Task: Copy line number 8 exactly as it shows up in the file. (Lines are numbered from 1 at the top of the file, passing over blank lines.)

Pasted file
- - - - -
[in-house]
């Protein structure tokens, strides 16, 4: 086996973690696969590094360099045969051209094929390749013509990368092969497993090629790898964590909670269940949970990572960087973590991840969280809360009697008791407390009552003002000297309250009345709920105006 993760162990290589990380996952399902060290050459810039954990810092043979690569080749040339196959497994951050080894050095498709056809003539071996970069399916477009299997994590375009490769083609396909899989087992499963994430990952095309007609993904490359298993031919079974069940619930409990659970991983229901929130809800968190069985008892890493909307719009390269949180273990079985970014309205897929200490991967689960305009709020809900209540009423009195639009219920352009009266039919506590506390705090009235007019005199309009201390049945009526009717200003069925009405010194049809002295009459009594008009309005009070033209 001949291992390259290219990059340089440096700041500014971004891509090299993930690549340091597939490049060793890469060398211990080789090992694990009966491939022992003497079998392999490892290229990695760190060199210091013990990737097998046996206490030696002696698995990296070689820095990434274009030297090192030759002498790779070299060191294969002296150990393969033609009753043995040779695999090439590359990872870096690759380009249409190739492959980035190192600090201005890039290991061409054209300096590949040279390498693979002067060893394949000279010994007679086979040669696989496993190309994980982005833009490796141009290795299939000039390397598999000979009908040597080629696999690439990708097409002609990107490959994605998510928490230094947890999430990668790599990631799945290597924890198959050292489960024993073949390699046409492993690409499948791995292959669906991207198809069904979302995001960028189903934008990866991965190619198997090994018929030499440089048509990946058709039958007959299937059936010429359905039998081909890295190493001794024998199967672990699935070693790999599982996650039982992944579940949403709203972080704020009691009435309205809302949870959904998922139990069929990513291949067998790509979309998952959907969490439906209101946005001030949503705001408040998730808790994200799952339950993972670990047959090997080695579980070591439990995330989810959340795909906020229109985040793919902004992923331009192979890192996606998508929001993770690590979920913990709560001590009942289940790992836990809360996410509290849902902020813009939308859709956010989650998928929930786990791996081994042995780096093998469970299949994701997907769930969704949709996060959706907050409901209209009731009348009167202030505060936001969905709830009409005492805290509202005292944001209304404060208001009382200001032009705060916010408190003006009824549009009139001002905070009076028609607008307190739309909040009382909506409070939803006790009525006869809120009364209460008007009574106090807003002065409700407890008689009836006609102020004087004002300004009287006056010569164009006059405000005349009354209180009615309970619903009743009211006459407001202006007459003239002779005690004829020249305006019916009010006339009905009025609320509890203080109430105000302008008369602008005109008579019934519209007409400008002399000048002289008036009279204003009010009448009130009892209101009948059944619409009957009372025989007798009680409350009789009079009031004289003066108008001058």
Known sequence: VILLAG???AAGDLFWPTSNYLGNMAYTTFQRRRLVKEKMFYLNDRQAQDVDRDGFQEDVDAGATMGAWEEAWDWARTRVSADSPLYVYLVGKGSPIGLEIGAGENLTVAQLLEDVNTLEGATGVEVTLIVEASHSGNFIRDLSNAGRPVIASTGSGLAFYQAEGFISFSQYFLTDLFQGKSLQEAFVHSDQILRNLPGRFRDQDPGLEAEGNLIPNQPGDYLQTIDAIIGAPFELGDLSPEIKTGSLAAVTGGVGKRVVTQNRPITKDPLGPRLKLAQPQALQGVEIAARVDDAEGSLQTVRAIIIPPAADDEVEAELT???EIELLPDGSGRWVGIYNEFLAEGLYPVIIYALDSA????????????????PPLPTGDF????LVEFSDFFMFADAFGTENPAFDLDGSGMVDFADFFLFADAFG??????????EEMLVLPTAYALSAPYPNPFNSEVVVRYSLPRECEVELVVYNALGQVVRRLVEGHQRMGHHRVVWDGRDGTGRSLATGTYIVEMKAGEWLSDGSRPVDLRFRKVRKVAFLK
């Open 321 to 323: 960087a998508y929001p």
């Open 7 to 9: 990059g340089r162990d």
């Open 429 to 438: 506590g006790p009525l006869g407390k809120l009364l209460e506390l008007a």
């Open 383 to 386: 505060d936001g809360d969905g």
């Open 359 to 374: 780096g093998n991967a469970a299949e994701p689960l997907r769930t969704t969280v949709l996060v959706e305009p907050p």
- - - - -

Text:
């Open 359 to 374: 780096g093998n991967a469970a299949e994701p689960l997907r769930t969704t969280v949709l996060v959706e305009p907050p």